POLITICAL WIRE’S HEADLINES – 2/6
Nate Silver points out that if Rick Santorum wins both Minnesota and Missouri — where polls suggest he has a chance — that “could revive his campaign, especially given that he also took Iowa.”
“Mr. Santorum is, in many ways, a more dangerous opponent for Mr. Romney than Mr. Gingrich at this point. He has run a more disciplined campaign than the former House speaker, has less personal baggage and is less disliked by party leaders.”
“Mr. Santorum can also make a credible claim to challenging Mr. Romney on electability. Mr. Santorum’s current unfavorable rating among all voters is 11 points lower than Mr. Romney’s, 36 percent versus 47 percent. Their favorable ratings are roughly equal: 30 percent for Mr. Santorum to 29 percent for Mr. Romney.”
Mitt Romney’s easy victory in Nevada “might, in the long run, be less important than the fact that a surprising number of Republicans who could have participated Saturday chose to stay home,” the Las Vegas Sun reports.
“Republicans’ disappointing turnout foreshadows difficulty energizing GOP voters in Nevada, a key swing state in November’s general election.”
Turnout was unlikely to match 2008, when 44,000 Republicans participated in Nevada’s caucuses. Republicans initially predicted that 70,000 Republicans would caucus.
A new Public Policy Polling survey in Minnesota shows a tight contest heading into Tuesday’s caucuses.
Rick Santorum holds a small edge over Mitt Romney, 29% to 27%, with Newt Gingrich at 22% and Ron Paul at 19%.
A new Public Policy Polling survey in Colorado finds Mitt Romney primed for another big win in the caucuses on Tuesday.
Romney leads with 40%, followed by Rick Santorum at 26%, Newt Gingrich at 18% and Ron Paul at 12%.
Newt Gingrich “predicted during a press conference following Saturday’s Nevada caucuses that he would emerge as the GOP front-runner again by the Texas primary,” theWashington Post reports.
“The one problem with that: We have no idea when Texas will hold its primary. A spat over redistricting is likely to push it beyond its scheduled date, April 3.”
Said Gingrich: “I’m not going to withdraw. I’m actually pretty happy with where we are. We will go to Tampa.”
Sheldon Adelson, “the billionaire casino executive keeping Newt Gingrich’s presidential hopes alive, has relayed assurances to Mitt Romney that he will provide even more generous support to his candidacy if he becomes the Republican nominee,” the New York Times reports.
As Mitt Romney consolidates his lead and stands as the presumptive Republican presidential nominee, The Hill asks “What do the anti-Romney Republicans do now?”
“Those who continue to believe that Romney can be stopped are focused — as is the campaign of Newt Gingrich — on the possibility of a long delegate fight. They have largely given up hope of anyone winning a knockout victory over Romney… Other figures in the media firmament are not so sure. Rush Limbaugh, for instance, has been harshly critical of Romney for years but is now urging his listeners to concentrate on the imperative, as he sees it, of defeating President Obama.”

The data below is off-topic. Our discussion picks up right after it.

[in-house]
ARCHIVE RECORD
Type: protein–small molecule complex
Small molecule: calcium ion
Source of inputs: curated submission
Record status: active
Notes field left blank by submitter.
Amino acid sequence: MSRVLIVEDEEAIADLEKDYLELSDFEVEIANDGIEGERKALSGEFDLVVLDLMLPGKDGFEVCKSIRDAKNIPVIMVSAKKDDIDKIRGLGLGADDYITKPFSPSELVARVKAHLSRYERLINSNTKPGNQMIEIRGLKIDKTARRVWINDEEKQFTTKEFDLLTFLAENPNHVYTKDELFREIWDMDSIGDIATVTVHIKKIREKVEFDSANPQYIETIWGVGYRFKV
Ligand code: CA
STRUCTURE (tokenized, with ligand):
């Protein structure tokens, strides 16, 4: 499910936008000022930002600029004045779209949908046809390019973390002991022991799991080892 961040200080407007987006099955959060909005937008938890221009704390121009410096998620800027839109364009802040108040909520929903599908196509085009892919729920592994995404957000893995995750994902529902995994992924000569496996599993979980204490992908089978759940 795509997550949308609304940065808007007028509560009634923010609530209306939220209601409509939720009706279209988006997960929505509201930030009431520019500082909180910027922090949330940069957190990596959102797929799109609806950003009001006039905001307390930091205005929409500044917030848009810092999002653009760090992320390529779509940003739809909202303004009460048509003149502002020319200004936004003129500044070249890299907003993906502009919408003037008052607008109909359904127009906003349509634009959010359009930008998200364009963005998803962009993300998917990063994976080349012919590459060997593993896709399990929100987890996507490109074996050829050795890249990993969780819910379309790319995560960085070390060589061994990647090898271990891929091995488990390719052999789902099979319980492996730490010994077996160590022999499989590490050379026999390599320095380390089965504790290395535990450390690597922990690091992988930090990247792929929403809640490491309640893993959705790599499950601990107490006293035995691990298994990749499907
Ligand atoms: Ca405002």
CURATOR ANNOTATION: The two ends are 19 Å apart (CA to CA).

BuzzFeed: “The secret to the grassroots success lies, in part, in the unique national structure and scrupulous record-keeping of the Utah-headquartered Church of Jesus Christ of Latter-day Saints. While the church itself is politically neutral, it contains the structural groundwork for one of the most organized and effective voting blocs in the country — something Romney is poised to capitalize on.”
“In contrast with most other religions in the country, the Mormon Church is nationally organized in a strict, top-down fashion, like a corporation. Every congregation in the U.S. reports back to church headquarters in Salt Lake. Whenever an individual is baptized — either as a child or as a convert — local ministers take down the person’s name, address, phone number, and e-mail address… The church expressly forbids using these directories for non-religious purposes, but that doesn’t deter many politically active Mormons from working their ward lists to get out the vote. Reports abound of members blasting out congregational e-mails soliciting support for partisan causes and candidates.”
A new WMUR Granite State Poll shows that the improving economy has also raised President Obama’s standing in New Hampshire.
Key findings: 38% of New Hampshire adults think the country is headed in the right direction, while 50% say it’s on the wrong track. That doesn’t seem optimistic, but it represent a big jump from October, when 70% thought the country was on the wrong track.
Obama’s approval rate is now 51% and he beats Mitt Romney in a possible general election match up, 50% to 40%.